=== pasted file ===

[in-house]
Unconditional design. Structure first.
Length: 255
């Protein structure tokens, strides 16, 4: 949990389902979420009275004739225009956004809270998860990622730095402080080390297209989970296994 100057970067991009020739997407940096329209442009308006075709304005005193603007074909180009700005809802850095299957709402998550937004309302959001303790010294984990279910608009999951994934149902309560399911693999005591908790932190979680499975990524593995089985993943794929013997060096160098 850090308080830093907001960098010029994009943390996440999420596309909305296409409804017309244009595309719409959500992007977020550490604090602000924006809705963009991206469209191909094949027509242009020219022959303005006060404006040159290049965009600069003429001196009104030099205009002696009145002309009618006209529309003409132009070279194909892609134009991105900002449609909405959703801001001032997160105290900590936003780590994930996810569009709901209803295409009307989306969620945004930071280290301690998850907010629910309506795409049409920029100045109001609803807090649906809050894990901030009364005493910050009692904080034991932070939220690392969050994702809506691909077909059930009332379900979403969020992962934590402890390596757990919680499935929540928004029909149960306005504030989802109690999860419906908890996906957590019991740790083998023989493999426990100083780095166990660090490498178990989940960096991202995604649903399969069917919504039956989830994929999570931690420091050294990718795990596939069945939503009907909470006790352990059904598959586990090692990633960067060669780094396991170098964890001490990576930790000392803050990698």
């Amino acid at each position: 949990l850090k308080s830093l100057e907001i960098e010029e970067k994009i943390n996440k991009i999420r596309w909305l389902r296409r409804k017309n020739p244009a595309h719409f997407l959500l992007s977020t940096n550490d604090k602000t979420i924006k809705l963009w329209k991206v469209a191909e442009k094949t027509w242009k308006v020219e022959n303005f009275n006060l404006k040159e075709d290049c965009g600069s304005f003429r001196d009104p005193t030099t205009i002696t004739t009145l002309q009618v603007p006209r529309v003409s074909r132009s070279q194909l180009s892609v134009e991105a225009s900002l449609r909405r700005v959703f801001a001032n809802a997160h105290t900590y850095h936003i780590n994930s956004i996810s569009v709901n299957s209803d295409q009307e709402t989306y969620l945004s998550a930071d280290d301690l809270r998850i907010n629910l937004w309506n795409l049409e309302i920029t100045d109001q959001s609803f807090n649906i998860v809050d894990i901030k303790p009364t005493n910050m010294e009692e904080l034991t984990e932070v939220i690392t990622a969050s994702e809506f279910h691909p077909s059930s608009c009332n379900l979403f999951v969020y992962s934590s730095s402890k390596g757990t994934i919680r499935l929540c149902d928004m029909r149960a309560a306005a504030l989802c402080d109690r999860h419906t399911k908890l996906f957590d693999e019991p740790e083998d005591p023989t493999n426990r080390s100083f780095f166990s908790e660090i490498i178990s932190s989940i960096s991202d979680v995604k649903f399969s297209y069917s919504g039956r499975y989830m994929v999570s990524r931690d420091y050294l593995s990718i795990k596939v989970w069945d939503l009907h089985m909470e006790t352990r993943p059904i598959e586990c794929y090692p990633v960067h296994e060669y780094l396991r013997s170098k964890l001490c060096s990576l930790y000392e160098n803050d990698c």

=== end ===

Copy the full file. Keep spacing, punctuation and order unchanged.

[in-house]
Unconditional design. Structure first.
Length: 255
């Protein structure tokens, strides 16, 4: 949990389902979420009275004739225009956004809270998860990622730095402080080390297209989970296994 100057970067991009020739997407940096329209442009308006075709304005005193603007074909180009700005809802850095299957709402998550937004309302959001303790010294984990279910608009999951994934149902309560399911693999005591908790932190979680499975990524593995089985993943794929013997060096160098 850090308080830093907001960098010029994009943390996440999420596309909305296409409804017309244009595309719409959500992007977020550490604090602000924006809705963009991206469209191909094949027509242009020219022959303005006060404006040159290049965009600069003429001196009104030099205009002696009145002309009618006209529309003409132009070279194909892609134009991105900002449609909405959703801001001032997160105290900590936003780590994930996810569009709901209803295409009307989306969620945004930071280290301690998850907010629910309506795409049409920029100045109001609803807090649906809050894990901030009364005493910050009692904080034991932070939220690392969050994702809506691909077909059930009332379900979403969020992962934590402890390596757990919680499935929540928004029909149960306005504030989802109690999860419906908890996906957590019991740790083998023989493999426990100083780095166990660090490498178990989940960096991202995604649903399969069917919504039956989830994929999570931690420091050294990718795990596939069945939503009907909470006790352990059904598959586990090692990633960067060669780094396991170098964890001490990576930790000392803050990698």
């Amino acid at each position: 949990l850090k308080s830093l100057e907001i960098e010029e970067k994009i943390n996440k991009i999420r596309w909305l389902r296409r409804k017309n020739p244009a595309h719409f997407l959500l992007s977020t940096n550490d604090k602000t979420i924006k809705l963009w329209k991206v469209a191909e442009k094949t027509w242009k308006v020219e022959n303005f009275n006060l404006k040159e075709d290049c965009g600069s304005f003429r001196d009104p005193t030099t205009i002696t004739t009145l002309q009618v603007p006209r529309v003409s074909r132009s070279q194909l180009s892609v134009e991105a225009s900002l449609r909405r700005v959703f801001a001032n809802a997160h105290t900590y850095h936003i780590n994930s956004i996810s569009v709901n299957s209803d295409q009307e709402t989306y969620l945004s998550a930071d280290d301690l809270r998850i907010n629910l937004w309506n795409l049409e309302i920029t100045d109001q959001s609803f807090n649906i998860v809050d894990i901030k303790p009364t005493n910050m010294e009692e904080l034991t984990e932070v939220i690392t990622a969050s994702e809506f279910h691909p077909s059930s608009c009332n379900l979403f999951v969020y992962s934590s730095s402890k390596g757990t994934i919680r499935l929540c149902d928004m029909r149960a309560a306005a504030l989802c402080d109690r999860h419906t399911k908890l996906f957590d693999e019991p740790e083998d005591p023989t493999n426990r080390s100083f780095f166990s908790e660090i490498i178990s932190s989940i960096s991202d979680v995604k649903f399969s297209y069917s919504g039956r499975y989830m994929v999570s990524r931690d420091y050294l593995s990718i795990k596939v989970w069945d939503l009907h089985m909470e006790t352990r993943p059904i598959e586990c794929y090692p990633v960067h296994e060669y780094l396991r013997s170098k964890l001490c060096s990576l930790y000392e160098n803050d990698c």